Huger Settlers in United States in the 17th Century

  • John Huger, who arrived in Virginia in 1661
  • Daniel Huger, who landed in South Carolina in 1685

Huger Settlers in United States in the 18th Century

  • Christoph Huger, who arrived in Pennsylvania in 1766
  • Johannes Huger, who landed in Pennsylvania in 1766
  • John Christ Huger, who arrived in Pennsylvania in 1766

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Contemporary Notables of the name Huger (post 1700)


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Contemporary Notables of the name Huger (post 1700)



  • John Huger (1738-1804), American politician, Member of South Carolina State Senate, 1787-90
  • Daniel Elliott Huger (1779-1854), American politician, Member of South Carolina State Legislature; U.S. Senator from South Carolina, 1843-47
  • Daniel Huger (1741-1799), American politician, Member of South Carolina State House of Representatives, 1778-80; U.S. Representative from South Carolina at-large, 1789-93
  • Benjamin F. Huger, American Democrat politician, Postmaster at Charleston, South Carolina, 1885-87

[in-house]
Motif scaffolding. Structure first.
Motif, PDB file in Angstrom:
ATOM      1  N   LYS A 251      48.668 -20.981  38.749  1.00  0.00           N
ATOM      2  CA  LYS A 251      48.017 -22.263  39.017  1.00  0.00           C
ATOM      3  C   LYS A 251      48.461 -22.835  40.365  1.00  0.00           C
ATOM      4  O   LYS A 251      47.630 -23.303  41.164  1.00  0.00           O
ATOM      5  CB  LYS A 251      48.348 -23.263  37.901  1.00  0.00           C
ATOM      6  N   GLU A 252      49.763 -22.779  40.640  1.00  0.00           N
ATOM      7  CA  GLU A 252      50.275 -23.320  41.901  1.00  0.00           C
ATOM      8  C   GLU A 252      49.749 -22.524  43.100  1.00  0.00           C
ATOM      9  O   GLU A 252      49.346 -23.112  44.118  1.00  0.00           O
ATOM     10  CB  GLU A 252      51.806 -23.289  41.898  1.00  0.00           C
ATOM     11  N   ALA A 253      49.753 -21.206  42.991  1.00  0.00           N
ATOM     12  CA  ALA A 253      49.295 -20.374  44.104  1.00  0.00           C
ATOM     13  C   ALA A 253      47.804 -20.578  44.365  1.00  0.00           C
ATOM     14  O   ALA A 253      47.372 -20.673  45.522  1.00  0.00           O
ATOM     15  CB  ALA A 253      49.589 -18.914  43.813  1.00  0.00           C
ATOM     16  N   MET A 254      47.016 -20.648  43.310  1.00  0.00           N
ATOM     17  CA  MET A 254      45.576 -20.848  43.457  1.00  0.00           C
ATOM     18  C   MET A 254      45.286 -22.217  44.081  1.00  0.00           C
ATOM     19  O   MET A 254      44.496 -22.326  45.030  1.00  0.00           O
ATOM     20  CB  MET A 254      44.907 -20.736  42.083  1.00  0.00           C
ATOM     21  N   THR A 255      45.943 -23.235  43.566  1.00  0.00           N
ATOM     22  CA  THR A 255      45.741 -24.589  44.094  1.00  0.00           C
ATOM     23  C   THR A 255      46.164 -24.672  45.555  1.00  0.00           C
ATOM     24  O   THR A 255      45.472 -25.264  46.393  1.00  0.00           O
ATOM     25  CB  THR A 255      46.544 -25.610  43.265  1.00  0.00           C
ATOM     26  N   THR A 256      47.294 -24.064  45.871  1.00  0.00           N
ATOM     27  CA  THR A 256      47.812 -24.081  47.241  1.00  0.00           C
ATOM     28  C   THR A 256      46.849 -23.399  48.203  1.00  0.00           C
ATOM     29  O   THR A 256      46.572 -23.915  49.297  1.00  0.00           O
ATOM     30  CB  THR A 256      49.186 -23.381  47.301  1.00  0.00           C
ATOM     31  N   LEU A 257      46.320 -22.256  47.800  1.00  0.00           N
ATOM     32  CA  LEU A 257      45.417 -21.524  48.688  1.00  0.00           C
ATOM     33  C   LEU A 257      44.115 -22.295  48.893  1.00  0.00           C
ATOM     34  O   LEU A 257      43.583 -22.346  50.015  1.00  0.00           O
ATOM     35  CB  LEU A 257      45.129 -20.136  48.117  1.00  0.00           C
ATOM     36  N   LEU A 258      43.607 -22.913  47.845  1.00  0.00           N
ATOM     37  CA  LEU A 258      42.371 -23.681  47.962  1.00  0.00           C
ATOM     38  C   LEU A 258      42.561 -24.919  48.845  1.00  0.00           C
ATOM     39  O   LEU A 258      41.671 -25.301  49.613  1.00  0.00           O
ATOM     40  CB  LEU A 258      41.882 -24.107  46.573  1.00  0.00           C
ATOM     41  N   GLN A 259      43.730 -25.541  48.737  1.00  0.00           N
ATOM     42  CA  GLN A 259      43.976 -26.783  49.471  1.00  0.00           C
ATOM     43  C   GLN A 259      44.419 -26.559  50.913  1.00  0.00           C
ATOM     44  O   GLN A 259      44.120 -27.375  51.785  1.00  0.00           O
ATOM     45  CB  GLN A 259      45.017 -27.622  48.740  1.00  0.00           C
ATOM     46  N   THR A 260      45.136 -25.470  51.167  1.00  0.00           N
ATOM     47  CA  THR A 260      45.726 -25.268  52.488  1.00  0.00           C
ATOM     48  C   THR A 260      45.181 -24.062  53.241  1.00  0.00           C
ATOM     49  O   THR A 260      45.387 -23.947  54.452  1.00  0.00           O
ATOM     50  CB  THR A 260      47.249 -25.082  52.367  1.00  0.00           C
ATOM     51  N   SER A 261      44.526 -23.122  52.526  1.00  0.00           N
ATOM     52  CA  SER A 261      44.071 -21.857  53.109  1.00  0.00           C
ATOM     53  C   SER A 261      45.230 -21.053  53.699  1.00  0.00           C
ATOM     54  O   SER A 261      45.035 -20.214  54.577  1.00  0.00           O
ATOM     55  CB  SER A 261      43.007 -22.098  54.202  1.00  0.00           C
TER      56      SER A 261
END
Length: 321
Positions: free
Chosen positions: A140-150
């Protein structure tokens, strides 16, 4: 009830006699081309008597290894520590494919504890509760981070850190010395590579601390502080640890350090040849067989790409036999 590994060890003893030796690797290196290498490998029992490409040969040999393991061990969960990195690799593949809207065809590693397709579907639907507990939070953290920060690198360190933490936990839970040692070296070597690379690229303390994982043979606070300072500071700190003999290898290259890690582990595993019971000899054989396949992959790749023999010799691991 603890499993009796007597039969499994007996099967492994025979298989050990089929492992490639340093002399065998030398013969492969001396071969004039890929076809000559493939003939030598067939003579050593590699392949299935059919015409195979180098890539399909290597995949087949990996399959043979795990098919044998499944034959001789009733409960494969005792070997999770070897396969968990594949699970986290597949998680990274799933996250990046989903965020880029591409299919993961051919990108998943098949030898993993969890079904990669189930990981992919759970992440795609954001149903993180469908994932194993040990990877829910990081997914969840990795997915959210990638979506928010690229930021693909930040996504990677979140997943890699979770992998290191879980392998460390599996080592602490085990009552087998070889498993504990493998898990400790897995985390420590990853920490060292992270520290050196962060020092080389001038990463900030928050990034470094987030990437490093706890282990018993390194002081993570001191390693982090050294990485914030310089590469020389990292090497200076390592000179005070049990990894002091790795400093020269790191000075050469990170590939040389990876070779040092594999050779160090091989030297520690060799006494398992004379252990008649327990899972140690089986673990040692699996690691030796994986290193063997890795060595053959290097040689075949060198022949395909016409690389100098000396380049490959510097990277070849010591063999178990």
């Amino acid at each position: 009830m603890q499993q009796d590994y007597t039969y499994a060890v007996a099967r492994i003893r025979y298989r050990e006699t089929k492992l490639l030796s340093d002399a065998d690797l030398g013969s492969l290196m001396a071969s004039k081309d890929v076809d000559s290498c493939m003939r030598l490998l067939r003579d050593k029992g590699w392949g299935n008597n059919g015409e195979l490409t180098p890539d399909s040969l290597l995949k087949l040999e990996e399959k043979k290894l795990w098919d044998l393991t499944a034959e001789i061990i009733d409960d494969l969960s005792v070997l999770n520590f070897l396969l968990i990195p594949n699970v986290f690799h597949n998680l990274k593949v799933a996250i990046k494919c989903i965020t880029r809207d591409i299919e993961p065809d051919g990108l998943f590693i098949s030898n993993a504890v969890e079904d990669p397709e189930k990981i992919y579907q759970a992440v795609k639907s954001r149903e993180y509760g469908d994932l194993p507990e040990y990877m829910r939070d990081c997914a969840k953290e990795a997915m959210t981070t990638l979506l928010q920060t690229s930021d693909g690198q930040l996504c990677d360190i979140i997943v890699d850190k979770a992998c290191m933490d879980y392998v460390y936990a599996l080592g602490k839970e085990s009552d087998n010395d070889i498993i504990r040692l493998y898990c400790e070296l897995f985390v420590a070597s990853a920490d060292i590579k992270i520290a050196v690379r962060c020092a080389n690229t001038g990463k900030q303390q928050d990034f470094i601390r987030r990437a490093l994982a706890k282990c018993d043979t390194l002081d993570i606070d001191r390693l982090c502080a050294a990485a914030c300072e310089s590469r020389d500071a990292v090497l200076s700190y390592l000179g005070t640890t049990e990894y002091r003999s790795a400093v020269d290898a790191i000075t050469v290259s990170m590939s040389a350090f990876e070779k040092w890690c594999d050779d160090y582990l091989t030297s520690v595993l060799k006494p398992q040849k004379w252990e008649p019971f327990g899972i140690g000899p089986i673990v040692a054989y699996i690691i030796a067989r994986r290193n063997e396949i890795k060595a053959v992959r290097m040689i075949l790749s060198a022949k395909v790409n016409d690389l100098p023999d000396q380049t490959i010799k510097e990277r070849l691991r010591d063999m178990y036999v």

• Benjamin Huger (1768-1823), American politician, Representative from South Carolina 3rd District, 1799-1805, 1815-17; Member of South Carolina State Senate, 1818-23
  • Alfred Huger (1788-1872), American Democrat politician, Member of South Carolina State Senate, 1818-33; Postmaster at Charleston, South Carolina, 1834-67

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Motto


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Motto



The motto was originally a war cry or slogan. Mottoes first began to be shown with arms in the 14th and 15th centuries, but were not in general use until the 17th century. Thus the oldest coats of arms generally do not include a motto. Mottoes seldom form part of the grant of arms: Under most heraldic authorities, a motto is an optional component of the coat of arms, and can be added to or changed at will; many families have chosen not to display a motto.

Motto: Candor dat viribus alas
Motto Translation: Truth gives wings to strength.


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Huger Family Crest Products


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Huger Family Crest Products




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See Also